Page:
Food Program: Promoting the Human Right to Food


The right to adequate food is a human right established under international law, yet 50% of children under five in Guatemala are chronically malnourished.Project Harvest works with participants to educate them about their rights, to help them understand the forces that keep them in poverty, and to explore ways in which they might influence policy and decision-making to alleviate hunger in their communities.

The right to food is a human right and a binding obligation, well established under international law. The Universal Declaration of Human Rights of 1948 first recognized the right to food as a human right. It was then incorporated in the International Covenant on Economic, Social and Cultural Rights (Article 11) adopted in 1966. For the 160 countries that have ratified that Covenant, the right to food is a legally binding right, on equal footing with the human rights prohibiting torture and protecting freedom of speech and the press.

The following statistics give us an overview of the Guatemalan reality. By the year 2015, it was estimated that the poor in Guatemala accounted for 66.7% of the population. 92% of farmers live at or below subsistence level (that is, what they produce on their plot of land isn’t enough to feed themselves). It was also estimated that 23% of households suffered from hunger due to lack of economic resources.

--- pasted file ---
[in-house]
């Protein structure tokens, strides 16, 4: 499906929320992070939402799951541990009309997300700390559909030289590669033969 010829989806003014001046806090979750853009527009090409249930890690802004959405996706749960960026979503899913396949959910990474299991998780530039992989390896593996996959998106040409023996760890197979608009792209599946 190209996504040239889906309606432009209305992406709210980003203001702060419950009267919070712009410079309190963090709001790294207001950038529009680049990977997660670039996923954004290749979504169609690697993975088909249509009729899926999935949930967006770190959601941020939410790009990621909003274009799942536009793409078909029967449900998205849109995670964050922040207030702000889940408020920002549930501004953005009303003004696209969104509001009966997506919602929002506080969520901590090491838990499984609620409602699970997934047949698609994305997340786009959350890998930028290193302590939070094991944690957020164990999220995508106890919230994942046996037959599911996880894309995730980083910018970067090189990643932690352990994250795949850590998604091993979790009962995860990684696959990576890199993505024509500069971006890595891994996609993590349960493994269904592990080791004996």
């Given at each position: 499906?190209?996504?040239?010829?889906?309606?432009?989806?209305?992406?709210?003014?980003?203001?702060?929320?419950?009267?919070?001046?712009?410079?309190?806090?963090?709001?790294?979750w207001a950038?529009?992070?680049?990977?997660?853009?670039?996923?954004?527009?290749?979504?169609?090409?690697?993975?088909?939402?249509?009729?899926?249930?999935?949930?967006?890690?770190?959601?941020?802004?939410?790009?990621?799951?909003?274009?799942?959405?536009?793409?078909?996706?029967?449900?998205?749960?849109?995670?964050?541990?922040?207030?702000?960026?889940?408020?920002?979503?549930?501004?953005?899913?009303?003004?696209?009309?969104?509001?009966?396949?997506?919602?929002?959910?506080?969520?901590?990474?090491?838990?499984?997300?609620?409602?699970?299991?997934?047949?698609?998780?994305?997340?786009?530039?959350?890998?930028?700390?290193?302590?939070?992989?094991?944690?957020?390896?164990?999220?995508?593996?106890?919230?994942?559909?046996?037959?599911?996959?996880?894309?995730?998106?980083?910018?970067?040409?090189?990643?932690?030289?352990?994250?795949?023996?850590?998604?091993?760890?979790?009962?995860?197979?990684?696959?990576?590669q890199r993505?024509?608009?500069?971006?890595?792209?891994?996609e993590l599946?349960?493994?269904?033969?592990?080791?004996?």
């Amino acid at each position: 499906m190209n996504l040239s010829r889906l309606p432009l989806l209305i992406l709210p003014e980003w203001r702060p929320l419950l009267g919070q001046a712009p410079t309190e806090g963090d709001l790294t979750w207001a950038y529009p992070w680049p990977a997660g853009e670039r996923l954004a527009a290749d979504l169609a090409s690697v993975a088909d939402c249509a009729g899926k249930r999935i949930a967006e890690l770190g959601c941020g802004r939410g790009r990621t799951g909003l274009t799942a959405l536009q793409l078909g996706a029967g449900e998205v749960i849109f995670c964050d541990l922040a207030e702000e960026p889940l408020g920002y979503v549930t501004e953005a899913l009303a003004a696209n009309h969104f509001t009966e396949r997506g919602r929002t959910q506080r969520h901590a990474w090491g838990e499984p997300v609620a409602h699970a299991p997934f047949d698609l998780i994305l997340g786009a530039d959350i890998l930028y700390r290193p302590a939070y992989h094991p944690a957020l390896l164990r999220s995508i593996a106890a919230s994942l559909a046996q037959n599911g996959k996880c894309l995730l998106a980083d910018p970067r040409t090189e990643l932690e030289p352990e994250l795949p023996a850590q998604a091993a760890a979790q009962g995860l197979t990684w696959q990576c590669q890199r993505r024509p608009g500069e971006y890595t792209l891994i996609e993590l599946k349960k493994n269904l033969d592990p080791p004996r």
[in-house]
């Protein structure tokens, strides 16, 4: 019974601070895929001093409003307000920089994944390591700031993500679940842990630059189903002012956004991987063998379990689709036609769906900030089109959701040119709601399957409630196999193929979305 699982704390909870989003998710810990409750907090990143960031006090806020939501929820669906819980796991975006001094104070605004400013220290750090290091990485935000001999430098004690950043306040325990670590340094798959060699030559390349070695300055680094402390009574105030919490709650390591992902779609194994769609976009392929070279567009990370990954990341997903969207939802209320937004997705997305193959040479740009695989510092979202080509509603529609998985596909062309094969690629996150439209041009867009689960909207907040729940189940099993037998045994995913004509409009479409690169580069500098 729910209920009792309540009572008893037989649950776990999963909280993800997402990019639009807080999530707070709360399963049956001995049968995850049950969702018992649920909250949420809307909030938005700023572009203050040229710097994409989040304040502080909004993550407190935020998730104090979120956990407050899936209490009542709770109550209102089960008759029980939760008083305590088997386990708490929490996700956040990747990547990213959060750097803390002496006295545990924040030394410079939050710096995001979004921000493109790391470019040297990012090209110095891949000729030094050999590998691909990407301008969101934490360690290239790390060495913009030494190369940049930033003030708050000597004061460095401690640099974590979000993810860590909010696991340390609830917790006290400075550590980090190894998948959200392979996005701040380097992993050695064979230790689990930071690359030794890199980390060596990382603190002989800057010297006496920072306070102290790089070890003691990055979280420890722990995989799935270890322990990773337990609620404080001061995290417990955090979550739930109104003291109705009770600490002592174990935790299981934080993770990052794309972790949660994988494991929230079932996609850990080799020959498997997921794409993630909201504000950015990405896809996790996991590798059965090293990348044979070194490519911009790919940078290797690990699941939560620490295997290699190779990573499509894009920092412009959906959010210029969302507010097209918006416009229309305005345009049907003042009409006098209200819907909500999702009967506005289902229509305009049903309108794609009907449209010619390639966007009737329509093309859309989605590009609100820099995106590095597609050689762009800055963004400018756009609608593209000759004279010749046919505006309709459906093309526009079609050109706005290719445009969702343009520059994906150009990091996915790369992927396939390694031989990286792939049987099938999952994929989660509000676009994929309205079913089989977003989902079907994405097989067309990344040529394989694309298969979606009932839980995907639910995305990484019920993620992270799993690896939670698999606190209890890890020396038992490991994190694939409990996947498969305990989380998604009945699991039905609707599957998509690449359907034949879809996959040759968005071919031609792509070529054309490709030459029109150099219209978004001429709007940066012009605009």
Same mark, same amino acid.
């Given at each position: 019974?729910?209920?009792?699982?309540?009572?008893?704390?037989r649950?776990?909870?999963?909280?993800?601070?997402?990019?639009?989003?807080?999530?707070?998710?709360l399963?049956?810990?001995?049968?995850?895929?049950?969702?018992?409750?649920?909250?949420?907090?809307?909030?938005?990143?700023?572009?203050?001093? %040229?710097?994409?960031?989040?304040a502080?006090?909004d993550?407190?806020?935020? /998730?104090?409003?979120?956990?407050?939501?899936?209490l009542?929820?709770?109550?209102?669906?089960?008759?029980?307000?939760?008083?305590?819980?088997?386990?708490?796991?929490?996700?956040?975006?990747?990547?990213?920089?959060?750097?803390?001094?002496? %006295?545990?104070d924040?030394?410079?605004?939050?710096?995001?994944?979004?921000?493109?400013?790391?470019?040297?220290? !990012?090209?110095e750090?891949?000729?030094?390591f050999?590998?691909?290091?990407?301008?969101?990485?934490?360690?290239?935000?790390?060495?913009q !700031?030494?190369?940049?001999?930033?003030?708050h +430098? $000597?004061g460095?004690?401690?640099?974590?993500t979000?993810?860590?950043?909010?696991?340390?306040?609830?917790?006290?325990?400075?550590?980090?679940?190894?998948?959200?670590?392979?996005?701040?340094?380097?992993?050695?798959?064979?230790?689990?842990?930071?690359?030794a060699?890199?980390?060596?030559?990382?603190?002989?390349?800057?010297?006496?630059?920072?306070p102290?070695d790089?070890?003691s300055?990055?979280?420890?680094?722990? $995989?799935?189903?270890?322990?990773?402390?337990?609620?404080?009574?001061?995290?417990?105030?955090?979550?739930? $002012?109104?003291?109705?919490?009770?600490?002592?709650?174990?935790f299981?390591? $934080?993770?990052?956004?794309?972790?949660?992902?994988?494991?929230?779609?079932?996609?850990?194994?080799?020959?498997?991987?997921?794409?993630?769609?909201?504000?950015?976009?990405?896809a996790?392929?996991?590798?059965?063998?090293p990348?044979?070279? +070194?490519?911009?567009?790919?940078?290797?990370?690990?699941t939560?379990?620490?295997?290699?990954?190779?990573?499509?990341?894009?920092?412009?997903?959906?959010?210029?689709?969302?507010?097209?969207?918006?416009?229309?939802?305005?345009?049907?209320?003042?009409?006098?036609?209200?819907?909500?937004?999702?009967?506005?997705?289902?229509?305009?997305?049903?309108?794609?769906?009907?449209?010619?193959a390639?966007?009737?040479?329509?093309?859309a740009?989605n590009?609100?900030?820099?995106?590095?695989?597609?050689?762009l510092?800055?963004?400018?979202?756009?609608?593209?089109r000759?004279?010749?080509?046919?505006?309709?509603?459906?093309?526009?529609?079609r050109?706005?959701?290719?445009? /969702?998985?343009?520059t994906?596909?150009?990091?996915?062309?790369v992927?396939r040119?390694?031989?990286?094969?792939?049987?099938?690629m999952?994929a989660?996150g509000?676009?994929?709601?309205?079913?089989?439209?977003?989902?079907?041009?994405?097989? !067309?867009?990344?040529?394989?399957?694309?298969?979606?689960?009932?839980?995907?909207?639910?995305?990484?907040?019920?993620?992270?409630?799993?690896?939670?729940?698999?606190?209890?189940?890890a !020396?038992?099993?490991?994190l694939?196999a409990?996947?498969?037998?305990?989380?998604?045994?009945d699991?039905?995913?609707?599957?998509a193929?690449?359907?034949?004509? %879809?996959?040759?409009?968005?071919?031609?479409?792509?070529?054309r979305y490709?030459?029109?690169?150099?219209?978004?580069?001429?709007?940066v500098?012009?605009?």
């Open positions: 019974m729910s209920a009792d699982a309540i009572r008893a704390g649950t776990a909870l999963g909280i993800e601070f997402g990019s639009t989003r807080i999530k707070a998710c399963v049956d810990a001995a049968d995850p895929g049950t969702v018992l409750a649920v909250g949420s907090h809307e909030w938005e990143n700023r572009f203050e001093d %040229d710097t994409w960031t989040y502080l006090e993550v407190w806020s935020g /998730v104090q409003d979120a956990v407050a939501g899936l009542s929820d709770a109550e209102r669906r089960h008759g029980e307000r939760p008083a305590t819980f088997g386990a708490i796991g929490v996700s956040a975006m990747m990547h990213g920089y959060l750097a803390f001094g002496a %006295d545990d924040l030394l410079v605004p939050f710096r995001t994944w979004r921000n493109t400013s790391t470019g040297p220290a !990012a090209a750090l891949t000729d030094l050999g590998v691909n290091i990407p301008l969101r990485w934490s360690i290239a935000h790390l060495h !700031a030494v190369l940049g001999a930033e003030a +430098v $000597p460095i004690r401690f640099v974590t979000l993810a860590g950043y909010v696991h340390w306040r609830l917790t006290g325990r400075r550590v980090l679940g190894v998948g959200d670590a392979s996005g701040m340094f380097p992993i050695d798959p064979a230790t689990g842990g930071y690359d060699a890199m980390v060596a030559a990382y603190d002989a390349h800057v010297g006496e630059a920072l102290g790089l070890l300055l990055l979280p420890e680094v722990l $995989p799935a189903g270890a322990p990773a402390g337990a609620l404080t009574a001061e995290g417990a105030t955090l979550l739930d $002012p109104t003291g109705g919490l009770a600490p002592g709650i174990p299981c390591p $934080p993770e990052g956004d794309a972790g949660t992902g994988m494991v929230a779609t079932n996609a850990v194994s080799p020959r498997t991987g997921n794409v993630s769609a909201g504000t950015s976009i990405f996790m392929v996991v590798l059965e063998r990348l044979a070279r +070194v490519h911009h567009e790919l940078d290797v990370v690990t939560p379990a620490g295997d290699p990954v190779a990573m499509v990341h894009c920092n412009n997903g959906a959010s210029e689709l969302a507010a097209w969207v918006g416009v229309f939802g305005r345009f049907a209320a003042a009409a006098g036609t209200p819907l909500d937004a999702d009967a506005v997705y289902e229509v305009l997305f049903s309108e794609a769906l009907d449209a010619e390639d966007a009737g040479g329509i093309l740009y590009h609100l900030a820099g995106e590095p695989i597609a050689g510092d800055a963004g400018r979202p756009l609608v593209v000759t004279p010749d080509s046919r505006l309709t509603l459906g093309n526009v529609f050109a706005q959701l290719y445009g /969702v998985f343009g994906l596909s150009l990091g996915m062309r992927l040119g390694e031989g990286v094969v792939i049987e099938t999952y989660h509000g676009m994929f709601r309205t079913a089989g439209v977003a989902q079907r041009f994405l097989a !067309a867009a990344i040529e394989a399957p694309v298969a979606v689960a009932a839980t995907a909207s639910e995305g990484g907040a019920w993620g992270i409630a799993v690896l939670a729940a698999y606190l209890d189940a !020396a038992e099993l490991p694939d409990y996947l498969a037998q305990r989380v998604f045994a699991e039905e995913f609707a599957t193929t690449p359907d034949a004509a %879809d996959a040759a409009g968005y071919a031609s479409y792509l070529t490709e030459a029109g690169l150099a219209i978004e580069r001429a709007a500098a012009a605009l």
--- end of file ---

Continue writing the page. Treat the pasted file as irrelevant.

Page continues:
In Guatemala, the legal agricultural minimum wage for the year 2016 is $440. According to the National Institute of Statistics, the cost of a food basket (what a family of 5.8 members needs to eat to maintain needed calories) is $598. The basic vital basket (what a family needs to spend on food, health, housing, education, and clothing) is $1,091.

These statistics speak for themselves. The reality, though, is much more dramatic. The families with whom Project Harvest works do not have their own farms, so must rent land to grow their food. Even so, they fail to produce enough for the year. Most years they will seek temporary employment on coffee or sugar cane plantations, where they might work an average of 40 days a year, often paid below the legal minimum daily wage. To make ends meet, they sell their handmade hammocks and reed mats, or collect and sell fire wood.

At the best of times, with a good rainy season, plantation work and successful sales of handcrafts, families are still poorly fed. So when there are droughts, excessive rainfall, or when diseases such as coffee blight impact the availability of work, families suffer severe periods of hunger and poor health, making them extremely vulnerable.[exacerbated by the fact that the Guatemalan government seems incapable of ensuring their right to food.] Guatemalan farmers are aware that this situation is not normal, and some see it as unjust. They believe that the government and society in general have an obligation to guarantee them at least the right to feed themselves properly.

Project Harvest works with families in two ways to promote the right to food. First, by implementing gardens where families harvest vegetables that allow them to diversify their diet; and second, by way of a formation program. We provide spaces for reflection and analysis about the circumstances that surround poor families, and workshops that explore ways to contribute to the transformation of their reality in order to advance toward a more dignified life.